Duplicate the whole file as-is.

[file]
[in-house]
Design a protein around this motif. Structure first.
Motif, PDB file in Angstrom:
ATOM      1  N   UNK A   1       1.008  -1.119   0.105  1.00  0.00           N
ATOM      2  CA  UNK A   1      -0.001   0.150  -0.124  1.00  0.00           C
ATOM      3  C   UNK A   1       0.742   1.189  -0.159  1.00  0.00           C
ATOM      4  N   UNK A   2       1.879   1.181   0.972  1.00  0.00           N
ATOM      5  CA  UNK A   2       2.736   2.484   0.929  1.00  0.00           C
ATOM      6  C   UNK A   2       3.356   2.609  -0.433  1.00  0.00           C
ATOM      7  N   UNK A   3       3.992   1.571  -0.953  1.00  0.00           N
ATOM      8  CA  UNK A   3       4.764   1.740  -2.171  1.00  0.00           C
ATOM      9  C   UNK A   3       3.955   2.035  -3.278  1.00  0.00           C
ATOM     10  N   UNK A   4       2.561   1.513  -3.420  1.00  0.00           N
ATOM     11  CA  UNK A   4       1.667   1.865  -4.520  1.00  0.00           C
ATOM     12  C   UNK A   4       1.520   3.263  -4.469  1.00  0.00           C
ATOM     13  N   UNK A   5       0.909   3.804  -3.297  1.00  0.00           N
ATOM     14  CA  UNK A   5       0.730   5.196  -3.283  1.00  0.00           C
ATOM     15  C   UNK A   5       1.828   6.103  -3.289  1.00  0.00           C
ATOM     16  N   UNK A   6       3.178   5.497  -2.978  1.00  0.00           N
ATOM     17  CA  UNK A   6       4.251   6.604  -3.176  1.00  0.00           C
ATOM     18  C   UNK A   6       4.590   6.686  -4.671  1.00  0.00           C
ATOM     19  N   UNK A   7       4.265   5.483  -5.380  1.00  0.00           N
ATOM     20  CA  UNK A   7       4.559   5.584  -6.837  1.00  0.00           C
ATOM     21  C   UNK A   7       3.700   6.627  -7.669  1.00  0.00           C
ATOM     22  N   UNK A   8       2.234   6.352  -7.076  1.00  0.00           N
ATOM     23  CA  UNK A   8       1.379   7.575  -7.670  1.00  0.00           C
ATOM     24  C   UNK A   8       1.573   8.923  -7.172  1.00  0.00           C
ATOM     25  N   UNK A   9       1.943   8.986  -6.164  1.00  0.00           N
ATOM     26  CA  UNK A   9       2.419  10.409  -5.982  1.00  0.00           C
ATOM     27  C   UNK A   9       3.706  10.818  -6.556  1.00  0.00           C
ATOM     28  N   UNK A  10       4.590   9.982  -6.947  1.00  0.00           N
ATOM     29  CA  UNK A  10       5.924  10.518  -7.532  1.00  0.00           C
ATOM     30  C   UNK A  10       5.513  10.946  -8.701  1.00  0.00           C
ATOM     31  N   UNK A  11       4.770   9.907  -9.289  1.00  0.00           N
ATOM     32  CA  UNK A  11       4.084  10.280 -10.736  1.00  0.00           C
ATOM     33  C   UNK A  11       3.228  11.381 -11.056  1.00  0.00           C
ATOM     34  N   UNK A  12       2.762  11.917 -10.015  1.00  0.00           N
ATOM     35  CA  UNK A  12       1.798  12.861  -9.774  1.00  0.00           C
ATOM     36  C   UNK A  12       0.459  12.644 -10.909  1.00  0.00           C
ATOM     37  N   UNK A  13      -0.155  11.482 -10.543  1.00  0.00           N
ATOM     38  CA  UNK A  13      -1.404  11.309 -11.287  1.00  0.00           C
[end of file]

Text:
[in-house]
Design a protein around this motif. Structure first.
Motif, PDB file in Angstrom:
ATOM      1  N   UNK A   1       1.008  -1.119   0.105  1.00  0.00           N
ATOM      2  CA  UNK A   1      -0.001   0.150  -0.124  1.00  0.00           C
ATOM      3  C   UNK A   1       0.742   1.189  -0.159  1.00  0.00           C
ATOM      4  N   UNK A   2       1.879   1.181   0.972  1.00  0.00           N
ATOM      5  CA  UNK A   2       2.736   2.484   0.929  1.00  0.00           C
ATOM      6  C   UNK A   2       3.356   2.609  -0.433  1.00  0.00           C
ATOM      7  N   UNK A   3       3.992   1.571  -0.953  1.00  0.00           N
ATOM      8  CA  UNK A   3       4.764   1.740  -2.171  1.00  0.00           C
ATOM      9  C   UNK A   3       3.955   2.035  -3.278  1.00  0.00           C
ATOM     10  N   UNK A   4       2.561   1.513  -3.420  1.00  0.00           N
ATOM     11  CA  UNK A   4       1.667   1.865  -4.520  1.00  0.00           C
ATOM     12  C   UNK A   4       1.520   3.263  -4.469  1.00  0.00           C
ATOM     13  N   UNK A   5       0.909   3.804  -3.297  1.00  0.00           N
ATOM     14  CA  UNK A   5       0.730   5.196  -3.283  1.00  0.00           C
ATOM     15  C   UNK A   5       1.828   6.103  -3.289  1.00  0.00           C
ATOM     16  N   UNK A   6       3.178   5.497  -2.978  1.00  0.00           N
ATOM     17  CA  UNK A   6       4.251   6.604  -3.176  1.00  0.00           C
ATOM     18  C   UNK A   6       4.590   6.686  -4.671  1.00  0.00           C
ATOM     19  N   UNK A   7       4.265   5.483  -5.380  1.00  0.00           N
ATOM     20  CA  UNK A   7       4.559   5.584  -6.837  1.00  0.00           C
ATOM     21  C   UNK A   7       3.700   6.627  -7.669  1.00  0.00           C
ATOM     22  N   UNK A   8       2.234   6.352  -7.076  1.00  0.00           N
ATOM     23  CA  UNK A   8       1.379   7.575  -7.670  1.00  0.00           C
ATOM     24  C   UNK A   8       1.573   8.923  -7.172  1.00  0.00           C
ATOM     25  N   UNK A   9       1.943   8.986  -6.164  1.00  0.00           N
ATOM     26  CA  UNK A   9       2.419  10.409  -5.982  1.00  0.00           C
ATOM     27  C   UNK A   9       3.706  10.818  -6.556  1.00  0.00           C
ATOM     28  N   UNK A  10       4.590   9.982  -6.947  1.00  0.00           N
ATOM     29  CA  UNK A  10       5.924  10.518  -7.532  1.00  0.00           C
ATOM     30  C   UNK A  10       5.513  10.946  -8.701  1.00  0.00           C
ATOM     31  N   UNK A  11       4.770   9.907  -9.289  1.00  0.00           N
ATOM     32  CA  UNK A  11       4.084  10.280 -10.736  1.00  0.00           C
ATOM     33  C   UNK A  11       3.228  11.381 -11.056  1.00  0.00           C
ATOM     34  N   UNK A  12       2.762  11.917 -10.015  1.00  0.00           N
ATOM     35  CA  UNK A  12       1.798  12.861  -9.774  1.00  0.00           C
ATOM     36  C   UNK A  12       0.459  12.644 -10.909  1.00  0.00           C
ATOM     37  N   UNK A  13      -0.155  11.482 -10.543  1.00  0.00           N
ATOM     38  CA  UNK A  13      -1.404  11.309 -11.287  1.00  0.00           C